Hear story of the sailor killed by a pirate, and buried in churchyard

PUBLISHED: 15:11 23 October 2016 | UPDATED: 15:11 23 October 2016

Yarmouth tombstones  heritage walk

Yarmouth tombstones heritage walk


A brave sailor killed by a notorious pirate, an orphan minstrel who busked across Canada, and men who created landmark buildings in the Great Yarmouth area are among the hundreds of people buried in the town’s churchyard.

And a special guided walk will bring their fascinating stories to life again.

They include David Bartleman, the master of a ship crewed by 10 men and boys whose gravestone says he “nobly defended himself” against the 100-man cutter of pirate John Fall in January 1781.

Bartleman “fairly beat him off”, but was wounded in a second attack which left mate Daniel MacAuley “expiring with the loss of blood”. And, despite bringing his shattered ship home to Great Yarmouth “with more than the honours of a conqueror”, Bartleman also died from his wounds aged 25 days later.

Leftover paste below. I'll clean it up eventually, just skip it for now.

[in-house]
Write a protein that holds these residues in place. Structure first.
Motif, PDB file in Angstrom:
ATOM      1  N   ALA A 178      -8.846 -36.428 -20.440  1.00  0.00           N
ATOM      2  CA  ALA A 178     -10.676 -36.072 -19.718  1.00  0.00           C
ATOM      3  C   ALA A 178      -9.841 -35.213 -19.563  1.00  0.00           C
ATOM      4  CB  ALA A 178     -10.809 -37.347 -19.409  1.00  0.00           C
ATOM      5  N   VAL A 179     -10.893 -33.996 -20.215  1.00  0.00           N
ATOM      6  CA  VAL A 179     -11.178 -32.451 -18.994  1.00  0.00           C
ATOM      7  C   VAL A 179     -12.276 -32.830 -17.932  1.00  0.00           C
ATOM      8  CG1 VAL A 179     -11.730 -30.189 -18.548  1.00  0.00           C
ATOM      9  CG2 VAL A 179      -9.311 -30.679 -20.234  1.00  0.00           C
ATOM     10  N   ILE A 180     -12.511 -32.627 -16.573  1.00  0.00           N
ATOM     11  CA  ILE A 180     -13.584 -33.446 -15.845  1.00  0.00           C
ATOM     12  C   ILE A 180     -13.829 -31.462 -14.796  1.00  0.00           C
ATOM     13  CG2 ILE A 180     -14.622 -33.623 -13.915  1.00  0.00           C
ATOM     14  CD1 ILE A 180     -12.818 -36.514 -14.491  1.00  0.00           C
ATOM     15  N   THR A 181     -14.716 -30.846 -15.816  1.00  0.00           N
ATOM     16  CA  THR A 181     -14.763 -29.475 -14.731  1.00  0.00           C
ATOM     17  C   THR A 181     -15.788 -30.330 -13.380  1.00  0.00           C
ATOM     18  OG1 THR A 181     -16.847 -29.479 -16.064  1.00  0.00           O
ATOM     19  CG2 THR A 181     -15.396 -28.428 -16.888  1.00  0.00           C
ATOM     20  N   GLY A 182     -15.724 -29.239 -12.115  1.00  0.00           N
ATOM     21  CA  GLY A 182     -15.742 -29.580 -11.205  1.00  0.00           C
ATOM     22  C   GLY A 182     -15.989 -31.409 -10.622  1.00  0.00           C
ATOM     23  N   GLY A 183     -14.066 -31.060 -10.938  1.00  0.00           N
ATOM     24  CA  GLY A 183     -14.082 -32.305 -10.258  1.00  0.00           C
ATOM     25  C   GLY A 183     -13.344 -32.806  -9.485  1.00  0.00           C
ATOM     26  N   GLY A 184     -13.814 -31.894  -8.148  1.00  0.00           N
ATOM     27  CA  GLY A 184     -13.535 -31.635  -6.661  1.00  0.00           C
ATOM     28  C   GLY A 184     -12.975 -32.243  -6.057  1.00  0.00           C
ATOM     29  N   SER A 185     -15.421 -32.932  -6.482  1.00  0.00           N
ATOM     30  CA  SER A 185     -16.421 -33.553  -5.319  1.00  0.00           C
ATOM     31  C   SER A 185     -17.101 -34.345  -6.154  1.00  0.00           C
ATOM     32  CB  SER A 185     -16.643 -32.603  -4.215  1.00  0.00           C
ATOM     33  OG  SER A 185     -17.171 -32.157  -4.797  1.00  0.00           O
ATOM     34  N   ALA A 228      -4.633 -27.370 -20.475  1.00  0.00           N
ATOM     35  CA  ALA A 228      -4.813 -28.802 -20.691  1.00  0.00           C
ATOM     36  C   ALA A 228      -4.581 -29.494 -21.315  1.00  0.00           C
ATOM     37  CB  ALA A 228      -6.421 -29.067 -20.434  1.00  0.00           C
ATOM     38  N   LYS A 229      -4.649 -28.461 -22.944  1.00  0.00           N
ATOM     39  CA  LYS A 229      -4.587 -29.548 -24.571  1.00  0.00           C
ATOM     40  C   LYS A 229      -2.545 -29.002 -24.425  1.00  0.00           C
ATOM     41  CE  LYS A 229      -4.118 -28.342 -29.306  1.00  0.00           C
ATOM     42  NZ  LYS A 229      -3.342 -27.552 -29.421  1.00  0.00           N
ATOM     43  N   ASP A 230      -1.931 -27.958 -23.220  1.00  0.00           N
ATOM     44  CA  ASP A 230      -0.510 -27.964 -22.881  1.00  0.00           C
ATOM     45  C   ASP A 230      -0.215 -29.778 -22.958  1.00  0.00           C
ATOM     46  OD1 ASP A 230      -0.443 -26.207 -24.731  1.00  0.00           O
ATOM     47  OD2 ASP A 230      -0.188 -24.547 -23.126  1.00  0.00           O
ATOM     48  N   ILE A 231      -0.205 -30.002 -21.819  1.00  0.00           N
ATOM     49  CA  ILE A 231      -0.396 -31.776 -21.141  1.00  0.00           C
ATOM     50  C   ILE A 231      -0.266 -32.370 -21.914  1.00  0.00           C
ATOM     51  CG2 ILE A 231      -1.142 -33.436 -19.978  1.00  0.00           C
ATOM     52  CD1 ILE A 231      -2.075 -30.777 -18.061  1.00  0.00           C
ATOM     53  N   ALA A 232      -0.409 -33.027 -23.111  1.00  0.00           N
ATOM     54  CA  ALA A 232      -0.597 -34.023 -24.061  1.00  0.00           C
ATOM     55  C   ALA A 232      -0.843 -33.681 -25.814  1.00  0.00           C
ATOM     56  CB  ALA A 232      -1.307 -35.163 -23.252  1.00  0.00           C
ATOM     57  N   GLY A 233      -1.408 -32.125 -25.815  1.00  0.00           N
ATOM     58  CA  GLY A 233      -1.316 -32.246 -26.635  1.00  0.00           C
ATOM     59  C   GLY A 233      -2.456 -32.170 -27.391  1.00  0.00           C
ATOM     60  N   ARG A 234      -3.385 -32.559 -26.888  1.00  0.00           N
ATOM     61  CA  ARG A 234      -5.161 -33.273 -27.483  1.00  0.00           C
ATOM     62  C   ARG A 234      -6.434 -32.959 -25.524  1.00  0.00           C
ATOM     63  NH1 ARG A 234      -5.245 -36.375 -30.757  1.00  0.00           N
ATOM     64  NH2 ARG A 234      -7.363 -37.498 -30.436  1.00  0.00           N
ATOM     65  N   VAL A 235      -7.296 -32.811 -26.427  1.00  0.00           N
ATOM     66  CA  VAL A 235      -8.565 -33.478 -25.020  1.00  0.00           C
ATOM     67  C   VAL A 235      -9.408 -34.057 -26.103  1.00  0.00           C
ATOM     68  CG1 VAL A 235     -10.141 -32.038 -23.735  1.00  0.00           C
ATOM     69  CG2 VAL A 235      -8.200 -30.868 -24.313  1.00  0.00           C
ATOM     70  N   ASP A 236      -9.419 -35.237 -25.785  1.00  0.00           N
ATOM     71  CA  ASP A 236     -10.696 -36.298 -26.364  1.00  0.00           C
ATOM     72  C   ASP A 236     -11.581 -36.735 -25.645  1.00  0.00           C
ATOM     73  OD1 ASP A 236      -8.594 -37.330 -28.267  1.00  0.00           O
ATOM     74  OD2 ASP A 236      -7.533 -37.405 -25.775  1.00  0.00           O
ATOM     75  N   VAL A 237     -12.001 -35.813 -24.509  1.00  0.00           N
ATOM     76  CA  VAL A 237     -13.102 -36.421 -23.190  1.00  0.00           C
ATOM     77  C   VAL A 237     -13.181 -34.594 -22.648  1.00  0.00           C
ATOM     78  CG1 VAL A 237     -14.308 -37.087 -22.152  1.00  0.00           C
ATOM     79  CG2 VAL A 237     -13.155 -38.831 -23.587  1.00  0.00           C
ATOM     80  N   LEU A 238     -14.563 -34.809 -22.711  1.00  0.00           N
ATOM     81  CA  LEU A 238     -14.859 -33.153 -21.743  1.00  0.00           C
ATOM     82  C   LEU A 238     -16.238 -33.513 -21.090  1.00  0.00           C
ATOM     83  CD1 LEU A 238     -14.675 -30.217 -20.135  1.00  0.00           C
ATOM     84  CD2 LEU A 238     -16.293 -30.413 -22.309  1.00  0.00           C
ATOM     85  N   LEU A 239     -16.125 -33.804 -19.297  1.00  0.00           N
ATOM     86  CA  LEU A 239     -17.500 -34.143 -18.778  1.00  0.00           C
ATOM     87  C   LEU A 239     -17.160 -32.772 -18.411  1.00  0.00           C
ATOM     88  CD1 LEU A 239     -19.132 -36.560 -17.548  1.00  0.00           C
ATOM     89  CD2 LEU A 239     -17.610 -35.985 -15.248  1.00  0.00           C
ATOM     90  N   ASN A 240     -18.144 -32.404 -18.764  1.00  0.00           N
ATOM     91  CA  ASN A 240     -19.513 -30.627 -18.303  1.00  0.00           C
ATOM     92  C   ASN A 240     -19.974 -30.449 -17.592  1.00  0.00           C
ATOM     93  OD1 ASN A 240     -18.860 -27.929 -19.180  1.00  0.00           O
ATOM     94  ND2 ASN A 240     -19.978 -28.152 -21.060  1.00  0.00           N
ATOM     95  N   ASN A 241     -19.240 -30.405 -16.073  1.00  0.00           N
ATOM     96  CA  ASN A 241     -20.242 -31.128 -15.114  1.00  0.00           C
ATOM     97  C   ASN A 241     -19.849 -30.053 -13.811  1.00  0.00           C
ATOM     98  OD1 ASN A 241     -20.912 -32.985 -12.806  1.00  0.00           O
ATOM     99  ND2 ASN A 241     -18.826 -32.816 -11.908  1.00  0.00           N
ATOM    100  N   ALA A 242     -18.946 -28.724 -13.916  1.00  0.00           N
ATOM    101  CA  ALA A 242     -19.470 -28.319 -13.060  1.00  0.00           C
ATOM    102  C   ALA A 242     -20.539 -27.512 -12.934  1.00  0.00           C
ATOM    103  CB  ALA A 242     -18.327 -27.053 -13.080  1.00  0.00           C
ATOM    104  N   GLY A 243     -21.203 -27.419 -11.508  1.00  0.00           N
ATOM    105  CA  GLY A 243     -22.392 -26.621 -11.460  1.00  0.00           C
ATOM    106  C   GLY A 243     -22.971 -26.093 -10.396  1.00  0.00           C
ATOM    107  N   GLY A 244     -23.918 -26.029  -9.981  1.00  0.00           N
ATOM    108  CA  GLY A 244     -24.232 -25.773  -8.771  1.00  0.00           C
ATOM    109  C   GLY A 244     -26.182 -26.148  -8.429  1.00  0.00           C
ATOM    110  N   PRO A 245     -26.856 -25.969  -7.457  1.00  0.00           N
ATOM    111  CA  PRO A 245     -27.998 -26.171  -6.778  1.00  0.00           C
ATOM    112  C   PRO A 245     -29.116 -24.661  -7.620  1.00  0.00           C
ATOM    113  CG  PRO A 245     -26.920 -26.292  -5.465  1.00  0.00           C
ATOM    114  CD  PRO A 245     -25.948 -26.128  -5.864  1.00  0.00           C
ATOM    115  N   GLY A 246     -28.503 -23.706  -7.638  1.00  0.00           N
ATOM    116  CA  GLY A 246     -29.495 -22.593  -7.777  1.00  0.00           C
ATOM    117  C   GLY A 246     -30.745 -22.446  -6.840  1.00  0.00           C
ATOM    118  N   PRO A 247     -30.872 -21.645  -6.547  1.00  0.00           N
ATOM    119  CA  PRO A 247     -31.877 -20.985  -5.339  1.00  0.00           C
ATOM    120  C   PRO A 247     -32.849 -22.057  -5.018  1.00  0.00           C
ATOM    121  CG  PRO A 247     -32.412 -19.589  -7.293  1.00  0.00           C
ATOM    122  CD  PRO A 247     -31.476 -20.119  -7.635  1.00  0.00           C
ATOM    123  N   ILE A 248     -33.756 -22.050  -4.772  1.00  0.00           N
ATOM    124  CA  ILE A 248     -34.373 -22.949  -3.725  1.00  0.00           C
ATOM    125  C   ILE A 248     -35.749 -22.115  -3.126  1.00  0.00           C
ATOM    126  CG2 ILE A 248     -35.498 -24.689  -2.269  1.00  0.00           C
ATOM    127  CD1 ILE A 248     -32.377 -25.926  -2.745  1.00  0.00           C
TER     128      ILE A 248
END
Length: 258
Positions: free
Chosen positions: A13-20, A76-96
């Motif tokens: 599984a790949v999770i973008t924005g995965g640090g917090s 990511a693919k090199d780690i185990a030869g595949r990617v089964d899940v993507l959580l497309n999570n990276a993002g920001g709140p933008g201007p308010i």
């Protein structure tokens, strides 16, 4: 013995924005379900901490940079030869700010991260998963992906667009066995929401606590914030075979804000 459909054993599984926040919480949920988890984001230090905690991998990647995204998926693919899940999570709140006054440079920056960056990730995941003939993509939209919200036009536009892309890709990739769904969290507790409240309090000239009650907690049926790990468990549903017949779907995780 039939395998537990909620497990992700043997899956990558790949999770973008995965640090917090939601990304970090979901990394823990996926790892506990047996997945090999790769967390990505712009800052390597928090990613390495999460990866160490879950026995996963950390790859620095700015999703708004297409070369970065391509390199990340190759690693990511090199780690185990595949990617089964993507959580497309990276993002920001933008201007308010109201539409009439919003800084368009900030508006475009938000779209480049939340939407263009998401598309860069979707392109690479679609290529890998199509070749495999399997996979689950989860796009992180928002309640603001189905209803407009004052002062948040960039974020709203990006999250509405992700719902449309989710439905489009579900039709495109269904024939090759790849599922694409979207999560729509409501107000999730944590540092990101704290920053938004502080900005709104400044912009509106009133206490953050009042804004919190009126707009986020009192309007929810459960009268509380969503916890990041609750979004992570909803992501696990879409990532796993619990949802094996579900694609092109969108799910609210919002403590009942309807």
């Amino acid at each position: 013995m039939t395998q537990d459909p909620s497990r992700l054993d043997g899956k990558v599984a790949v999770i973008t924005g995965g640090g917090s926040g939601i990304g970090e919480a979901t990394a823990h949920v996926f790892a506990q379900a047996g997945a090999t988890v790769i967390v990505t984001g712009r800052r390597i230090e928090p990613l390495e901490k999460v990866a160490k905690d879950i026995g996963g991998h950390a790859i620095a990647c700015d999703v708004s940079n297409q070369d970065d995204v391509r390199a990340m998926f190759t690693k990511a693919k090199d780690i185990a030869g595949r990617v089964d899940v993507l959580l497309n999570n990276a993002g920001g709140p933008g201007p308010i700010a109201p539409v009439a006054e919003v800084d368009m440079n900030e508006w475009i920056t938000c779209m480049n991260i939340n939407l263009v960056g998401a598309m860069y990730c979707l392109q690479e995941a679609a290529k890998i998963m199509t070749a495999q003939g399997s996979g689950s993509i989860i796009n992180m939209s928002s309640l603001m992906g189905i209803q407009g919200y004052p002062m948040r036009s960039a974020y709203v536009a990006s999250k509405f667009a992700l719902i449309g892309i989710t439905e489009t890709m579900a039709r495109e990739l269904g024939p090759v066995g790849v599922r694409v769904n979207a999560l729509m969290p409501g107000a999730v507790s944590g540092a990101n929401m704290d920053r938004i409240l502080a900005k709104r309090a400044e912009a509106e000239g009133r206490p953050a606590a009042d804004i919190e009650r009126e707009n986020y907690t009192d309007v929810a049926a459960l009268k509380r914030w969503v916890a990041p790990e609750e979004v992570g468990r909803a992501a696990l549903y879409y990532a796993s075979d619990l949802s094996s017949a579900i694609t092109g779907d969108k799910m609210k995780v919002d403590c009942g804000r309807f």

Other tales from the tombstones during the special walk on Friday, October 28 include:

George Gilbert, a circus act horseman who was behind the creation of the Hippodrome Circus. He also served his community as a councillor. Thomas Sutton, who died at the top of Yarmouth’s Nelson’s monument in 1819 – from a heart attack, not, as some stories reported, jumping after seeing Britannia facing the wrong way. James Beeching – a Yarmouth boatbuilder who designed the first self-righting lifeboat.

The walk, led by local guide Len Vincent, and which lasts one and a half to two hours, is a special autumn event in the series of heritage walks. It starts at the Fisherman’s Hospital Gates, Yarmouth Market Place and finishes with refreshments inside the Minster. Tickets £6.50 adults, £4 children, U7s free.

For details or to book, call Great Yarmouth Tourist Information Centre on 01493 846346 or log onto

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